Young is a science writer, which explains the huge range of gadgets that are used to help the teen members of Science and Technology to Over-Rule Misery (STORM), as well as some of the problems that these bright teens have to solve in the course of the book.
What I'd love to know is how she can write such compelling action. Similar to Pearson's Steel Trapp that I read last week, this is even better. STORM is working on global threats with the help of a teen software developer's millions. Doesn't hurt the suspense that one of the member's fathers is missing, held hostage by evil doers that want to use his skills, and only STORM can save him. How can one not like a book where the teen characters take off on their own on a train to St. Petersburg in December without their passports or warm clothes. Or money. Or food.
That must be the appeal of spy fiction. It's so popular now, and I am enjoying it myself. It's the feeling of empowerment, independence and excitement that make these books appeal to so many students, and this one is certainly going straight to the top of my list. Will, Gaia and Andrew were all likable characters, despite their quirks. The plot is a bit far fetched, but possible. Great cover. Sequels sure to come. (Storm: The Ghost Machine on 18 September!)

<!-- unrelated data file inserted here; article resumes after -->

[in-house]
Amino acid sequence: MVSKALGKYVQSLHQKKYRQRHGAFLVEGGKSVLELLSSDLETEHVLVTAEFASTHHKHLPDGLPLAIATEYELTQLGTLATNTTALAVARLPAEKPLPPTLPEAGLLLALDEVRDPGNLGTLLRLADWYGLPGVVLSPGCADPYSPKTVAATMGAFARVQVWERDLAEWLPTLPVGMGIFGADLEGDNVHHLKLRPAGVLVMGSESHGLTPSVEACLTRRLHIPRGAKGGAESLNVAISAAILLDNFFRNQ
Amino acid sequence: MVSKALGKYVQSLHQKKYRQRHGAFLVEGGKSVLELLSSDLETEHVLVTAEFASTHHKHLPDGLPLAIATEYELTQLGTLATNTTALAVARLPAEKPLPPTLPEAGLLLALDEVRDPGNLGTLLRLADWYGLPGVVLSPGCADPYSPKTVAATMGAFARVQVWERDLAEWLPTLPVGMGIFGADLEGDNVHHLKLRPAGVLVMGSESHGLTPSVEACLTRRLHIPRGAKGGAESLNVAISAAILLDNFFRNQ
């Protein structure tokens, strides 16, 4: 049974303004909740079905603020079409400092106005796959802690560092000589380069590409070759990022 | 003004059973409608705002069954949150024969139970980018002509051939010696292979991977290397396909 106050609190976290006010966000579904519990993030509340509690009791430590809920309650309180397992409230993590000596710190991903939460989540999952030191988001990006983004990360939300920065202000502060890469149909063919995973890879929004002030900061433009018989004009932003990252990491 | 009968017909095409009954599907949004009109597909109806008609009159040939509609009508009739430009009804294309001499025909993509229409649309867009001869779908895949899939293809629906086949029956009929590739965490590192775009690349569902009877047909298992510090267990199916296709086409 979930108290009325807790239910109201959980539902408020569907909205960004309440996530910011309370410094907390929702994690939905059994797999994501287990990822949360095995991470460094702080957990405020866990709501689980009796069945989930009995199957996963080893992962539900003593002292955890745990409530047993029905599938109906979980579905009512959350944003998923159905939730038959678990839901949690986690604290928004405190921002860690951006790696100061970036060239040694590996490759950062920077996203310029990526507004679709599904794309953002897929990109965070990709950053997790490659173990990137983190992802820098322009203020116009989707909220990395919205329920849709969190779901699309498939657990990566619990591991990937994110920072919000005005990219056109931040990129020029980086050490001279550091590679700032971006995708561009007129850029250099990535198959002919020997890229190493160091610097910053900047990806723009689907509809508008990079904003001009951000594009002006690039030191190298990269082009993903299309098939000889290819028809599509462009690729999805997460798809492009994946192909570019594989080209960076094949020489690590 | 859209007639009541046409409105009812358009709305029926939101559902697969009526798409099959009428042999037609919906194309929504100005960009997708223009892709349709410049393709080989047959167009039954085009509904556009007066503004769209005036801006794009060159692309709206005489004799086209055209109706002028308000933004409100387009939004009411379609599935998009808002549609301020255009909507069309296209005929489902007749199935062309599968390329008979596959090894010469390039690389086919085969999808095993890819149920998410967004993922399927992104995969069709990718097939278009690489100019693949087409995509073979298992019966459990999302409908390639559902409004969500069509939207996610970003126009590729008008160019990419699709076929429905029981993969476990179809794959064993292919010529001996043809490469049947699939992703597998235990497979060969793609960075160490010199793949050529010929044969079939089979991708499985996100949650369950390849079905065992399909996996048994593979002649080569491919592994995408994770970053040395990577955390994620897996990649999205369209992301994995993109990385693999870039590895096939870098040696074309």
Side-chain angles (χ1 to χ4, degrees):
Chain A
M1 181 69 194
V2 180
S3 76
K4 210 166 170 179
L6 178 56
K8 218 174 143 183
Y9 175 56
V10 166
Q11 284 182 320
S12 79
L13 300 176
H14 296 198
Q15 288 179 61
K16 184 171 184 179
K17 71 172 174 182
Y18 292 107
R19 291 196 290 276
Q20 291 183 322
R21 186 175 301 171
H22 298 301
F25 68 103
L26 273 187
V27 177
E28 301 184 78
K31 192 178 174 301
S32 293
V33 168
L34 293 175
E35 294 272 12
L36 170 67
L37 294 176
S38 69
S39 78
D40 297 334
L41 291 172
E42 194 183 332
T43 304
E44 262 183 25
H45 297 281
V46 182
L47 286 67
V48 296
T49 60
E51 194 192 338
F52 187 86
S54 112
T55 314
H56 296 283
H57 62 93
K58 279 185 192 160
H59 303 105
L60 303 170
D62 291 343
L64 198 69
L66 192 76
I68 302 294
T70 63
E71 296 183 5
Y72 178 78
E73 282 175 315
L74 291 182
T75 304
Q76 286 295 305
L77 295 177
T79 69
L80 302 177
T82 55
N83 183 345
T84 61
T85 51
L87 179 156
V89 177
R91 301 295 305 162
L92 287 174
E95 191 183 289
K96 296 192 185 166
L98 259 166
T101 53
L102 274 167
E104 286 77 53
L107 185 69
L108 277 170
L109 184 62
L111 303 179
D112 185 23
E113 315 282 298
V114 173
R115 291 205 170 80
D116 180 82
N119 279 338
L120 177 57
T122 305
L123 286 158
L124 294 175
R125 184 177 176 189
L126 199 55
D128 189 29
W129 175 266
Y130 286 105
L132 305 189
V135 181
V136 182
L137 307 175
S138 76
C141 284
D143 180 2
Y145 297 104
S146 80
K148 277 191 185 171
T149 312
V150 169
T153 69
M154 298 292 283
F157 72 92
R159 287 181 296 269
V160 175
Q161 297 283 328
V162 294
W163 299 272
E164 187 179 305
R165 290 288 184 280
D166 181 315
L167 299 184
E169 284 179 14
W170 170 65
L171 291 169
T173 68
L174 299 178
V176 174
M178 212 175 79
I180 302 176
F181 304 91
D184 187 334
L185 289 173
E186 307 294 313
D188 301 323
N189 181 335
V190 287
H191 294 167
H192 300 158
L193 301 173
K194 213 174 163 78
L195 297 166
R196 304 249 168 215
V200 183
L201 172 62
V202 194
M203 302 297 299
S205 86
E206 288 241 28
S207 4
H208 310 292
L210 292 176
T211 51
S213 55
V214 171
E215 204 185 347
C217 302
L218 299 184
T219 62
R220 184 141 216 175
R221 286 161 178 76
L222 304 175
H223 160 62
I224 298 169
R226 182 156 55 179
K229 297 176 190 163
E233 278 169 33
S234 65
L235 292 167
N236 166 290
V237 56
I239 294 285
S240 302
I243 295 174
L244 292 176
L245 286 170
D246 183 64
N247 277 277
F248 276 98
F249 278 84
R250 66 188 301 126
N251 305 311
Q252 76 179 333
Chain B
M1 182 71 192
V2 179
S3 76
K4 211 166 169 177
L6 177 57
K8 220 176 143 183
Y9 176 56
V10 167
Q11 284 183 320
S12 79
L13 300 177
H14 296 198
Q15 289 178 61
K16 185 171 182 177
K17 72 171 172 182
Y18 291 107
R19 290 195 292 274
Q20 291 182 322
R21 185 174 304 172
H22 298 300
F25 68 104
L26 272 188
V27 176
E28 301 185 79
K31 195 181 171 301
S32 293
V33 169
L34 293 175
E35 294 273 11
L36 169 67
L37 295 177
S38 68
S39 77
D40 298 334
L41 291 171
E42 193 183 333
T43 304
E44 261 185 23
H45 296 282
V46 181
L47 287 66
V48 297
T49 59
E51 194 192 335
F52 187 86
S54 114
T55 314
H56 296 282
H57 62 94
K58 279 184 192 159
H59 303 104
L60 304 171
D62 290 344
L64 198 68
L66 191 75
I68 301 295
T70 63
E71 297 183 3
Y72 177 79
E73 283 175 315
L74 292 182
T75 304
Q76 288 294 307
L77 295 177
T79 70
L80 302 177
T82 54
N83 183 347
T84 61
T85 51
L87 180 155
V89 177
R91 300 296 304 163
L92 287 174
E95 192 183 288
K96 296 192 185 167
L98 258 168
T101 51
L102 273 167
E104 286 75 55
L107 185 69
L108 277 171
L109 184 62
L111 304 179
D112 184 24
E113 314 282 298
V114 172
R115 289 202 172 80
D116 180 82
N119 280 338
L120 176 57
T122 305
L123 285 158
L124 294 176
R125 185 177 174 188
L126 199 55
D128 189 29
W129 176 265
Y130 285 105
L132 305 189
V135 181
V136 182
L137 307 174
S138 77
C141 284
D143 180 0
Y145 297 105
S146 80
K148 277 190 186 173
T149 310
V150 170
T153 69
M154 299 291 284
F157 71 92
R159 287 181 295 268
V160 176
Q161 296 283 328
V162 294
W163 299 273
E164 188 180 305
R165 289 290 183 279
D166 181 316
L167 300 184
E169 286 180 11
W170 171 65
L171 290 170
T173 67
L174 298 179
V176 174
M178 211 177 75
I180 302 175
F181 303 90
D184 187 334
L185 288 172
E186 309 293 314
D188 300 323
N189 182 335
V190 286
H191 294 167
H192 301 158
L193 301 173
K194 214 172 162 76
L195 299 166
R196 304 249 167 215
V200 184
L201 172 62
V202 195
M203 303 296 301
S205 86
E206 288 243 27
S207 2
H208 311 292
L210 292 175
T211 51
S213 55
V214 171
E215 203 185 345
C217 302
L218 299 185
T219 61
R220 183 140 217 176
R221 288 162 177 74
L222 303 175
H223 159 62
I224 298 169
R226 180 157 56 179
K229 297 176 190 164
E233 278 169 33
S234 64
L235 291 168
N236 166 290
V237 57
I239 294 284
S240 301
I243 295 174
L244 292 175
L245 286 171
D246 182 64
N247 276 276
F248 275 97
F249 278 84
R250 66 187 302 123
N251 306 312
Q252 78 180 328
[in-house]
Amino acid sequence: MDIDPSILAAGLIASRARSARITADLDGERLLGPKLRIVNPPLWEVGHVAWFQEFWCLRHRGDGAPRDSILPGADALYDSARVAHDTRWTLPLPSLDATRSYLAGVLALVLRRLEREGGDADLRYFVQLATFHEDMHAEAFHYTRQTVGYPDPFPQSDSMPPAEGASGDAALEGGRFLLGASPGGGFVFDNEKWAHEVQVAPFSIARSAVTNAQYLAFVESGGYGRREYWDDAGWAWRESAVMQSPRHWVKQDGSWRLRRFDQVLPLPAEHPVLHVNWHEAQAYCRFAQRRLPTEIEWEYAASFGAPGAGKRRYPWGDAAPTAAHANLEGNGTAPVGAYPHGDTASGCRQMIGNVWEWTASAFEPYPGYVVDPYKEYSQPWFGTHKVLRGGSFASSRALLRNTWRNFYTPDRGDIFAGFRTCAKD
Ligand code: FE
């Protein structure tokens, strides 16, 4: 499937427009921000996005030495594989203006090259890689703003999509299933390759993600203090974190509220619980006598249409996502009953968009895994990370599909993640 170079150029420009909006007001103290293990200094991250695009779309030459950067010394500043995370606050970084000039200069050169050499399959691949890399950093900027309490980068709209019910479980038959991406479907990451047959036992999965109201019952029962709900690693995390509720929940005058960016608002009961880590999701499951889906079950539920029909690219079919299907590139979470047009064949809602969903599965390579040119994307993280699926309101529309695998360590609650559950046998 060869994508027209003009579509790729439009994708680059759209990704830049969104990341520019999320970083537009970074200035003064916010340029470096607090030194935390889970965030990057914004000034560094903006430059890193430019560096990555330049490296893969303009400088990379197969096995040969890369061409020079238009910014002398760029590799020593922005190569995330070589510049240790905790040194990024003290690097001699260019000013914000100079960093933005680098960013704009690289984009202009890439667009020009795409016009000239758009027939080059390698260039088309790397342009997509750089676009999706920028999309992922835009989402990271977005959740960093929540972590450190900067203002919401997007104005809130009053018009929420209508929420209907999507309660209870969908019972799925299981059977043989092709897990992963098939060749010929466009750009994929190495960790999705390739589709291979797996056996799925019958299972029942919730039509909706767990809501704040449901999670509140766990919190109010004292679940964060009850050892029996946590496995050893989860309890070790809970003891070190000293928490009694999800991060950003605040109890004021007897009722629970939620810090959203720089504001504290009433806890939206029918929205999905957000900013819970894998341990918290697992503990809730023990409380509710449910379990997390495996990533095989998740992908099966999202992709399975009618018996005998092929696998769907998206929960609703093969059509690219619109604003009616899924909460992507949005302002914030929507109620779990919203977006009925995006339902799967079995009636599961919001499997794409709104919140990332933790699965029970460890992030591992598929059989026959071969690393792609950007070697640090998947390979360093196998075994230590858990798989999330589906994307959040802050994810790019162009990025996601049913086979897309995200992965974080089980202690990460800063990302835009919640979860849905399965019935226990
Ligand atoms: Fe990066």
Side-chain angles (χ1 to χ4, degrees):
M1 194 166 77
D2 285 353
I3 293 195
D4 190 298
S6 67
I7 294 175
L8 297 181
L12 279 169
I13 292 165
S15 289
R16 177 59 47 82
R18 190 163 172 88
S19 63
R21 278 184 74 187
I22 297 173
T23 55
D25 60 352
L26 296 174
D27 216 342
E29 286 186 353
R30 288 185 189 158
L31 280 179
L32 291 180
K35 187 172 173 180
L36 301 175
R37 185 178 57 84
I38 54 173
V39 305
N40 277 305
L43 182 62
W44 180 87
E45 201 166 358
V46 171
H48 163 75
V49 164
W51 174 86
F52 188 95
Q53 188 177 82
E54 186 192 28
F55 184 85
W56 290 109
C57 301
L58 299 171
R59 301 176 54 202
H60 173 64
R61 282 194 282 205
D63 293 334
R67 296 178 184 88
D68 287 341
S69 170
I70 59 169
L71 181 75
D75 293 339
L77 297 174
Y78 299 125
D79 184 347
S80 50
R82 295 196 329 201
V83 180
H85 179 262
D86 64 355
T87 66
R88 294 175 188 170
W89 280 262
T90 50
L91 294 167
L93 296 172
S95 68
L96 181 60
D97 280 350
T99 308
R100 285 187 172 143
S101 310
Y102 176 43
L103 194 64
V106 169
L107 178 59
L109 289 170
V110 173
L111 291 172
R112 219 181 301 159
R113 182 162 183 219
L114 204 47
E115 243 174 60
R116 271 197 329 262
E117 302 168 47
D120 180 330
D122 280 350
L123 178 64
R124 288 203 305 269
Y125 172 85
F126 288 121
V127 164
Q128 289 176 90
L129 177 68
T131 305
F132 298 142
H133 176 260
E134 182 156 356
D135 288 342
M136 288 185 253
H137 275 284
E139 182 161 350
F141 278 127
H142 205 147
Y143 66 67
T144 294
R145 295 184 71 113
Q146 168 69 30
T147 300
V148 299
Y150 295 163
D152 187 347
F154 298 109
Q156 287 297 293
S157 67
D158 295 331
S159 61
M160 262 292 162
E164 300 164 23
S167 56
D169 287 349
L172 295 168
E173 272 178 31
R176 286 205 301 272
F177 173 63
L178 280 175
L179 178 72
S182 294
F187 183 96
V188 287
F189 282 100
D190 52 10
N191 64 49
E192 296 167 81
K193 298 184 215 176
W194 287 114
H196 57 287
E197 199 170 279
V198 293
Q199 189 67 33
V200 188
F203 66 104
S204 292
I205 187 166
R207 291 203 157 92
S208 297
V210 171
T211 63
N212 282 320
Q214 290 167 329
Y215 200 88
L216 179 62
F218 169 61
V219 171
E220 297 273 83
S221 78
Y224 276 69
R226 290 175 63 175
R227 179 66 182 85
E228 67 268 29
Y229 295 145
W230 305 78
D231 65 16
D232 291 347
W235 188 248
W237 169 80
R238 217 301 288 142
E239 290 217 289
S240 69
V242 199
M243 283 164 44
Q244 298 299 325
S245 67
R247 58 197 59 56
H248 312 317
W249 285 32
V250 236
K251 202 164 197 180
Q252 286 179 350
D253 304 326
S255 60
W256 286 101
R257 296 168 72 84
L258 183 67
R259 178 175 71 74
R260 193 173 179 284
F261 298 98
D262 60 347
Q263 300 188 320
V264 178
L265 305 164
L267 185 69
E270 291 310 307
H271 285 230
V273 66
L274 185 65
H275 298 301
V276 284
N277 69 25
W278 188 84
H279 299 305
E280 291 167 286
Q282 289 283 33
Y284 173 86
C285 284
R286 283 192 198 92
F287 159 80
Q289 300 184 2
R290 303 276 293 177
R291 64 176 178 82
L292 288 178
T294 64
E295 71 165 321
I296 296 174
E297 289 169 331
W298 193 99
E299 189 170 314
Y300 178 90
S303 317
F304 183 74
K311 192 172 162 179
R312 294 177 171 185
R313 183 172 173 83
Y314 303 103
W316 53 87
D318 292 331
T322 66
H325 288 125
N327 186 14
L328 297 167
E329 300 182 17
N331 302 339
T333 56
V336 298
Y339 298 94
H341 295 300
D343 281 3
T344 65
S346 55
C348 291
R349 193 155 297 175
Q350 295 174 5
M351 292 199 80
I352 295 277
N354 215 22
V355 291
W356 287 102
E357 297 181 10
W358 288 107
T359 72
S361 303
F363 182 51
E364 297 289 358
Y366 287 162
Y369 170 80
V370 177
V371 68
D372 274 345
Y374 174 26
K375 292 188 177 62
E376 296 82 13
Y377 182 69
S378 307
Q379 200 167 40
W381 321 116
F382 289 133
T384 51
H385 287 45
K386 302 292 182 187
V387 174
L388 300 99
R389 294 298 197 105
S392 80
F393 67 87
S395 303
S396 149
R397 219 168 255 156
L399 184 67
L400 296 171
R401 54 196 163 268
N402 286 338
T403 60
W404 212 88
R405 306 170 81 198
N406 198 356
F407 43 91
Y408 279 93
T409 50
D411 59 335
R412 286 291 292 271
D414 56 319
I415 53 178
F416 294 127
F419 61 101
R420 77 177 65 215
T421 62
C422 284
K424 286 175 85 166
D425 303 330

My one beef with Penguin Putnam-- the library copy of this book was added on March 26th of this year and is already splitting at the spine. Can't you make a book that holds up for more than two months?